WINSTON-SALEM, N.C. – “Abscess Incision and Drainage, A Procedure in Clinical Medicine,” a teaching video produced by Wake Forest University School of Medicine, is featured in the Nov. 8 issue of the New England Journal of Medicine (NEJM) and will become a part of its on-line educational series.
The manuscript and 10-minute video created by lead author Michael T. Fitch, M.D., Ph.D., and colleagues from the Department of Emergency Medicine, detail the basic physician procedure for abscess incision and drainage. This procedure is used to treat many common skin and soft tissue infections, including abscesses caused by antibiotic-resistant organisms such as methicillin-resistant Staphylococcus aureus (MRSA).
The manuscript and video join the ever-growing series of published videos and manuscripts for physician procedures in the “Videos in Clinical Medicine,” series by the NEJM.
Fitch and his colleagues are all part of the Educational Research and Development Group within the Department of Emergency Medicine. The group has been gathering high quality resources and materials for a “procedures” curriculum for medical school students.
“This video was our first major effort as part of this project,” Fitch said. “We were really happy with how it came together.”
While abscess incision and drainage is a very common procedure, Fitch said there’s little research available and there were no good resources to use for teaching. That’s when they realized they could create something themselves, Fitch said. Fitch is one of this year’s awardees in the Brooks Scholar in Academic Medicine program, a fund that supports junior faculty in both research and teaching. Creating the video and manuscript became one of his scholar program components. The project was funded in part by the School of Medicine and the core teaching faculty.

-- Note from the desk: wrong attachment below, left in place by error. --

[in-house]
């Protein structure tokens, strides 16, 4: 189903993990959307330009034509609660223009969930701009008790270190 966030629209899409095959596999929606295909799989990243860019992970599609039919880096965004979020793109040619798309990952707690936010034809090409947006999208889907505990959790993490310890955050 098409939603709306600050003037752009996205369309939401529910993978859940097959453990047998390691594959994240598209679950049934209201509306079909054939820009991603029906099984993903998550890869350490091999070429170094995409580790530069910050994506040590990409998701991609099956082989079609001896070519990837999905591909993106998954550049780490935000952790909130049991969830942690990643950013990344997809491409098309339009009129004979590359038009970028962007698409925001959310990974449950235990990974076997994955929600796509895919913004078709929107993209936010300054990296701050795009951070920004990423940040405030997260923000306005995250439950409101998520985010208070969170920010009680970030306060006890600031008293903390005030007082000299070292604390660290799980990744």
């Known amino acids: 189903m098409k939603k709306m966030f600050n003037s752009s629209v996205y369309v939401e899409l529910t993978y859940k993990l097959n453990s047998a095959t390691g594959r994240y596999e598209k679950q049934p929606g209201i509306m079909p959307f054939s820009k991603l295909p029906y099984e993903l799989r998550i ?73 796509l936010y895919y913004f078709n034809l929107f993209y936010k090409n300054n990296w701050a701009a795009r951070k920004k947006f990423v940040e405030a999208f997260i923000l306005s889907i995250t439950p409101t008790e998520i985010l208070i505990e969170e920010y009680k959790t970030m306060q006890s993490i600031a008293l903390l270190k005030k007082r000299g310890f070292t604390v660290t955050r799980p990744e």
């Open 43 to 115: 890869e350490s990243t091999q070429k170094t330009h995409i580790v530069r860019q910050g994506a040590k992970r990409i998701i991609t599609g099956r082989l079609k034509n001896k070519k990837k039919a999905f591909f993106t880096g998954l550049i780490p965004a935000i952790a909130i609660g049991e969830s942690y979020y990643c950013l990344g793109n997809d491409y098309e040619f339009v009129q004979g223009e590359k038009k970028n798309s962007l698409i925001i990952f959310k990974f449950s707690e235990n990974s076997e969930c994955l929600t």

As they prepared to shoot the video, Fitch said he and colleagues realized they all approach abscess incision a little differently. As a result, they tried to present the procedure so that doctors at all experience and skill levels would find it useful. He also points out that the NEJM publication is timely because abscess incision and drainage are often used as part of the treatment for MRSA patients with skin abscesses. Fitch said the video emphasizes that for most MRSA patients with skin abscess infections, antibiotics are not required and that abscess incision and drainage alone is effective.
“I am really proud of the fact that we’re going to be a part of this on-line series for the New England Journal of Medicine,” Fitch said.
Others involved with the project included David E. Manthey, M.D., Henderson, D. McGinnis, M.D., Bret A. Nicks, M.D., and Manoj Pariyadath, M.D.
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Wake Forest University Baptist Medical Center is an academic health system comprised of North Carolina Baptist Hospital and Wake Forest University Health Sciences, which operates the university’s School of Medicine. U.S. News & World Report ranks Wake Forest University School of Medicine 18th in primary care and 44th in research among the nation's medical schools. It ranks 35th in research funding by the National Institutes of Health. Almost 150 members of the medical school faculty are listed in Best Doctors in America.